Top 10 excuses for not eating more plants
Have you stopped to consider what it means to eat a "plant-based" diet? I think for most people, the concept means that you become a vegetarian. And that often seems to be where the thought process comes to an end. Apart from a handful of people who are driven to cut animal products out of their diets, most people are not willing to turn their backs on steak and chicken wings. But, does it have to be an all or nothing approach? Isn't it possible to eat a bit less meat and a lot more veggies? Can you not supplement your "plant-based" diet with animal protein?
Truthfully, until recently, I also thought a "plant-based" diet was a vegetarian diet. But I started digging and realised that my normal, everyday mixed diet is mostly plant-based, with a little meat on the side. I suggested to my husband and son that we opt for a vegan diet… I was met with a great amount of resistance! So, we won't be doing that. But they have agreed to a couple of vegetarian meals every week and lots of veggies and other plants every day.
Having said this…
- Do you eat your vegetables?
- Do you eat fruit?
- Do you eat whole grains?
- Do you eat nuts and seeds?
- Do you eat legumes?
The reasons for not eating these foods are widely varied. It could be:
- Time - I get home late and I don’t want to spend hours in the kitchen
- Money - Vegetables are expensive
- I don’t know how to cook them - No one has ever shown me how
- They just go off in the fridge - I never eat them all on time
- Boarding school / the army / my mother put me off
- They are boring - Boiled vegetables are tasteless
- I like all the wrong ones - I only like butternut and peas
- They cause weight gain - Starch is fattening
- Fruit contains too much sugar
- They make me bloated - Every time I eat beans my stomach bloats
Some reasons, such as "they make me bloated", or "I am allergic to them", are good valid reasons. But the majority of reasons I am given are poor excuses.
Time - It may be a little time consuming to wash and chop veggies everyday. But cooking them is quick and easy. There is no reason why you can’t buy pre-prepared veggies or even frozen veggies to take the time factor out of the equation.
Money - Buying pre-prepared veggies can be pricy. Buying veggies that are in season and from the local green grocer can be extremely cost effective.
I don’t know how to cook them - My family mostly only gets simply prepared veggies - steamed or roasted with a little herb seasoning if they are lucky. Cooked correctly veggies have a great taste of their own. If you need some inspiration, the internet has a wealth of recipe ideas. taste.com.au is my favourite recipe resource at the moment, but by no means the only one.
They just go off in my fridge - Be prepared. Write up a menu plan for the week that includes veggies. If you don’t have to think about what to cook everyday, it makes it easier to eat well.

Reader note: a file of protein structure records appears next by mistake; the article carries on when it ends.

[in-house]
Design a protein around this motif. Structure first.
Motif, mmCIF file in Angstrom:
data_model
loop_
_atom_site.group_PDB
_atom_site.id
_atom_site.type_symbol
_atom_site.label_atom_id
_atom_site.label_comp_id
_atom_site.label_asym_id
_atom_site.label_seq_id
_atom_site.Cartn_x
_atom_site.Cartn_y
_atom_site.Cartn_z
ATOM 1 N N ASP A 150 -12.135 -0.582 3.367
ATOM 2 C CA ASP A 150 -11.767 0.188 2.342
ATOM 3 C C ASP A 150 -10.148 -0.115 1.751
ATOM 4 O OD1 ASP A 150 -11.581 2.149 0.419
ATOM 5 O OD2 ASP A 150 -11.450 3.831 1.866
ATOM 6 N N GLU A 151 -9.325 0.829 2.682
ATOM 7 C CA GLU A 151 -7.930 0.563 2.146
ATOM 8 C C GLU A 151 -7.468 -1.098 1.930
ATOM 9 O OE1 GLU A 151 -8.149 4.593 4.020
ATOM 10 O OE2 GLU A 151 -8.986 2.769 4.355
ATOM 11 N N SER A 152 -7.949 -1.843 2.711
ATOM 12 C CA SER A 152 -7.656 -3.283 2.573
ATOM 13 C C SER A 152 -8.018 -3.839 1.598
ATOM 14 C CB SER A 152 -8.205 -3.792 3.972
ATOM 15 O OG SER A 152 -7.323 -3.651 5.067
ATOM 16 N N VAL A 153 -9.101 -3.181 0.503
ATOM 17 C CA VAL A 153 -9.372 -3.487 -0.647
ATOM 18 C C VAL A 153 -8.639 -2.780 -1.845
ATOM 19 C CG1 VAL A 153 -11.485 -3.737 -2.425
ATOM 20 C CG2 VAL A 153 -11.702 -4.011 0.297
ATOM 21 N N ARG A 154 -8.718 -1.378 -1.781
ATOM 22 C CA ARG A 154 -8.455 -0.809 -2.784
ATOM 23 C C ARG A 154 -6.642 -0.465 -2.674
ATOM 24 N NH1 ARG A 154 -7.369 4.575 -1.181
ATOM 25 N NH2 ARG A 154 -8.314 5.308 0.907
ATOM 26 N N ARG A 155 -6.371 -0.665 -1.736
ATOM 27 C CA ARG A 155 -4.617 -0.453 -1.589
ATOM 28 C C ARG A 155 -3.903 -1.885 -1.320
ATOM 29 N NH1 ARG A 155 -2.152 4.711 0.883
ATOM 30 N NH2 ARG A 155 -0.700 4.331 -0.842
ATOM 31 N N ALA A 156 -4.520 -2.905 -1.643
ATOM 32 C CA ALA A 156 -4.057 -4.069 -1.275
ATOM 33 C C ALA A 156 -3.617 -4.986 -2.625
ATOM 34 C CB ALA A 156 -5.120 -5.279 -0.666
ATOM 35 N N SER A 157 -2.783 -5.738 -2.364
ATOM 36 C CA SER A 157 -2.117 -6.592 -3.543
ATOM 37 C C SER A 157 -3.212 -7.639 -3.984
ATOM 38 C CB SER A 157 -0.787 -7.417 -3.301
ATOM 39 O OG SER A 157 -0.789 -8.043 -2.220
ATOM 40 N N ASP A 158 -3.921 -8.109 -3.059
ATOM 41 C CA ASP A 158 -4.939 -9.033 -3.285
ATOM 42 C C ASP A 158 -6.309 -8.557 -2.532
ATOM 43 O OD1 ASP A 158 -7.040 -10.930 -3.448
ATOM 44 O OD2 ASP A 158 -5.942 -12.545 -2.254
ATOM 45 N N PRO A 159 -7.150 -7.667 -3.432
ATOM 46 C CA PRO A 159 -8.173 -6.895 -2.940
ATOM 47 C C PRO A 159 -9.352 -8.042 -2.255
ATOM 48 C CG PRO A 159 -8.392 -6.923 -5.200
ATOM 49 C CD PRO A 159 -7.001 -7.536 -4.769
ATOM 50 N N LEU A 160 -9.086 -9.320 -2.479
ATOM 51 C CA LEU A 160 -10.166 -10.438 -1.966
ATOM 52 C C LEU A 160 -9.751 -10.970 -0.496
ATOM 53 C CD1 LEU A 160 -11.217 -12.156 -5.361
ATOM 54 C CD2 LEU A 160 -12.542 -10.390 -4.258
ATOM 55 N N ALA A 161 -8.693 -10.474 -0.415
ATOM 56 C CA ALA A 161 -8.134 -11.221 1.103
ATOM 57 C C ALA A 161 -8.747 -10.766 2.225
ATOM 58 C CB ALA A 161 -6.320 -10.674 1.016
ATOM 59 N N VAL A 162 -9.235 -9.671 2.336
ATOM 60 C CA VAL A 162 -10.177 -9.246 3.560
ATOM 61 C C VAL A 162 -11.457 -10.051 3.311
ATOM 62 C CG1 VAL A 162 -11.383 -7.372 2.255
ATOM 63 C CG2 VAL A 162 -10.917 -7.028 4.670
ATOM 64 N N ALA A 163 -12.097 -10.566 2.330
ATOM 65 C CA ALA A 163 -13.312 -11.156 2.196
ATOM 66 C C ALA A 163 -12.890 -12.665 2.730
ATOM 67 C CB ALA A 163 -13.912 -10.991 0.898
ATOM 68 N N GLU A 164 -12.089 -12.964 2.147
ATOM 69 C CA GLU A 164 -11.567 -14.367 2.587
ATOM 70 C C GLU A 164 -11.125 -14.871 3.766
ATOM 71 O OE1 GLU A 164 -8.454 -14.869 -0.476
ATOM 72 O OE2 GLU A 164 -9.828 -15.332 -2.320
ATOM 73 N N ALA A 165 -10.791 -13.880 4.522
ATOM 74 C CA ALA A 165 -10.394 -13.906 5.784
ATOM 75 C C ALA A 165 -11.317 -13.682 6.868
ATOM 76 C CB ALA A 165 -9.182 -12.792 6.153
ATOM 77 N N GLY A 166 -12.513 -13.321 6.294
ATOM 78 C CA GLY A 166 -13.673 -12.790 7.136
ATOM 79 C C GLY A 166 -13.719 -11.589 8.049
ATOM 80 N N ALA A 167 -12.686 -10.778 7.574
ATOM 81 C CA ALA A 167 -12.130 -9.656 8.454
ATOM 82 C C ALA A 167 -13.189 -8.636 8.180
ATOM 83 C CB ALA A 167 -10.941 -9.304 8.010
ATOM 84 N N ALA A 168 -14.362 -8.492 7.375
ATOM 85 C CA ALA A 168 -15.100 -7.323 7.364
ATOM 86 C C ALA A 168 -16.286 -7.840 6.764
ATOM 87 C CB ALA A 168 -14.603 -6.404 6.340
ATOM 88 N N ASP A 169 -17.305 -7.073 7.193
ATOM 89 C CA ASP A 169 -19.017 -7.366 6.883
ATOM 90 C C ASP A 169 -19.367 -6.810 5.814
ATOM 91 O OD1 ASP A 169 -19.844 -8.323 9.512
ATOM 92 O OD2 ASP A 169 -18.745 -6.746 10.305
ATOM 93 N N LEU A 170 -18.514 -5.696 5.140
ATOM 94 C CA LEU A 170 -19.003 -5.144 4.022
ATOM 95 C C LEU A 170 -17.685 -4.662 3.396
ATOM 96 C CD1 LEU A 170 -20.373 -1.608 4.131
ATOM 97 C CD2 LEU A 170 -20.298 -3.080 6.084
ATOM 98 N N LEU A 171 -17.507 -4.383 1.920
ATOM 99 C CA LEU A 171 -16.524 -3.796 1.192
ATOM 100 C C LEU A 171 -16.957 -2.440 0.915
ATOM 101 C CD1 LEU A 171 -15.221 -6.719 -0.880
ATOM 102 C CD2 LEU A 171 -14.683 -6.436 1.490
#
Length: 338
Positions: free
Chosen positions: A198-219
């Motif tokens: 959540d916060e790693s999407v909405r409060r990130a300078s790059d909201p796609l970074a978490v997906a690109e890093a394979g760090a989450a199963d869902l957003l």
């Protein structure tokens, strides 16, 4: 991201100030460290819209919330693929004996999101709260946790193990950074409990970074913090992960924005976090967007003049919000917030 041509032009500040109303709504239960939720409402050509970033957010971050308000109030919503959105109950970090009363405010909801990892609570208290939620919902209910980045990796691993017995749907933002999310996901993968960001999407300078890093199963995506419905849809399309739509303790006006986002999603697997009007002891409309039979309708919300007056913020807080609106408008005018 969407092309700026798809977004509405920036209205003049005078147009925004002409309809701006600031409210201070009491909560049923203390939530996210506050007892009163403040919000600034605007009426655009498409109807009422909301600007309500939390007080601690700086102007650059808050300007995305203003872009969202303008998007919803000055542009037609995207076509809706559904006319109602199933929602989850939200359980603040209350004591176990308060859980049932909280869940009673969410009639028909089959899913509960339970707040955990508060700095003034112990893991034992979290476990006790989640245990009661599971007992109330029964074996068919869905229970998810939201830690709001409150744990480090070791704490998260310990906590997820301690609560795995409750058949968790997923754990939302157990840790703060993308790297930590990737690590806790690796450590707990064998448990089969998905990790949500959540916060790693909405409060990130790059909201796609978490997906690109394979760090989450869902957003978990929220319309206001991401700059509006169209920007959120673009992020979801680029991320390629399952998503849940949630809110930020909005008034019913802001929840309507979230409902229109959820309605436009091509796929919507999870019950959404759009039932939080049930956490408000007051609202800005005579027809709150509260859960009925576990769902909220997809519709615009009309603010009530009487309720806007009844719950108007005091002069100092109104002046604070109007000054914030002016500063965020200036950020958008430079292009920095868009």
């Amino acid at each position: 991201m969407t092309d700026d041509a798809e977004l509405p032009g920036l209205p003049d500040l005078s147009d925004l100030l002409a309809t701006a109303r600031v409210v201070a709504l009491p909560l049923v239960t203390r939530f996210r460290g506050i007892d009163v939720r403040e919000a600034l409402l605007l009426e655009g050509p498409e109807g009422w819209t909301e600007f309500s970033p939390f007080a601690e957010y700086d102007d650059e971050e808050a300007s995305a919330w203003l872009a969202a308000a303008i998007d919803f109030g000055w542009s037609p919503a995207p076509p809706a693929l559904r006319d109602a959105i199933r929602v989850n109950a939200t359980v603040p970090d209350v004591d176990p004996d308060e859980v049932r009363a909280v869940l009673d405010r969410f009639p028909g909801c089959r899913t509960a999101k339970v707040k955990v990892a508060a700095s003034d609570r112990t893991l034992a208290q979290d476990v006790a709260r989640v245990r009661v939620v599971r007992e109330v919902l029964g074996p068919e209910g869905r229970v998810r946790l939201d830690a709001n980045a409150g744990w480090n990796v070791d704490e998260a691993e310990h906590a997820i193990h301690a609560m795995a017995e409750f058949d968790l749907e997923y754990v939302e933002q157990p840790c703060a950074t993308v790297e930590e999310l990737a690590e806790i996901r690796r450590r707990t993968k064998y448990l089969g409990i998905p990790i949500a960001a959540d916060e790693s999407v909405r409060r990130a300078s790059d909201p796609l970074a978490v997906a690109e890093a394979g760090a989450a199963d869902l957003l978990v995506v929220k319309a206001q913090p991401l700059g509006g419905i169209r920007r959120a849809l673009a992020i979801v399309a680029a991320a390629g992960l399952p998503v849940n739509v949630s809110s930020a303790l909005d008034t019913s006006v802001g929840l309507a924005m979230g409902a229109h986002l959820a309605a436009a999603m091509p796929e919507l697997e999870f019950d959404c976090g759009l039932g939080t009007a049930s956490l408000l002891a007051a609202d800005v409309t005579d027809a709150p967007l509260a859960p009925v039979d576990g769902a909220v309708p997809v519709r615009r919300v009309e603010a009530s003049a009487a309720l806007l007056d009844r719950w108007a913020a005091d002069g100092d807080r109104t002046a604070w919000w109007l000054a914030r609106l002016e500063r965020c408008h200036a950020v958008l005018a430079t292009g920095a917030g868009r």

Boarding school / the army / my mother put me off - Food preferences are important considerations, but often all it takes is a different cooking method to make the food taste amazing! (I used to be adamant that I hated Brussels Sprouts. It turns out that if they are roasted with a little olive oil, salt, pepper and chilli flakes, they are delicious!)
They are boring - They may be a little boring simply steamed without any flavouring. Personally I like them that way. But other people need more a more intense taste. Get creative in the kitchen and start experimenting with herbs, spices, lemon juice, wine, whatever takes your fancy.
I like all the wrong ones - There is no such thing as a "wrong" vegetable. Sure some contain a bit more starch than others, but that is not all they are good for. What about the vitamins, minerals and phytonutrients they add to your diet?
They cause weight gain - Too much of anything can be a problem. The food plate model, that I use widely in my practice, advises that half of your plate is filled with vegetables, a quarter with carbohydrate (whole grains) and a quarter protein. These guidelines are for health and weight loss. This works well for most people. Some are a little more sensitive to the amount of carbohydrate in their diet, but the majority of people do well eating a moderate amount of whole grain carbs everyday. And half a plate of veggies is a lot of veggies - foods with very few calories!
Fruit contains too much sugar - Yes, there is sugar in fruit. No, it is not bad. The sugar in fruit is unrefined and always comes with fibre, vitamins, minerals and phytonutrients, not to mention a little water. As human beings, we like sweet food. Fruit allows us to eat a little something sweet, without the guilt. As with the whole grains, too much is a problem, but 2 to 3 portions of fruit per day, spread throughout the day, help us to feel dietary fulfilment.
They make me bloated - Some people are sensitive to certain compounds in certain foods. Often, though, it is a case of eating a very low Fibre diet and your digestive system not being able to deal effectively with the influx of Fibre from the increase in plants. We need Fibre in our diets - 30g per day is the recommended amount. Fibre comes from plants! The only way to meet your Fibre requirements is to eat more plants!
Next week, I will examine the scientific evidence and make it impossible for you to keep making excuses (wink, wink!)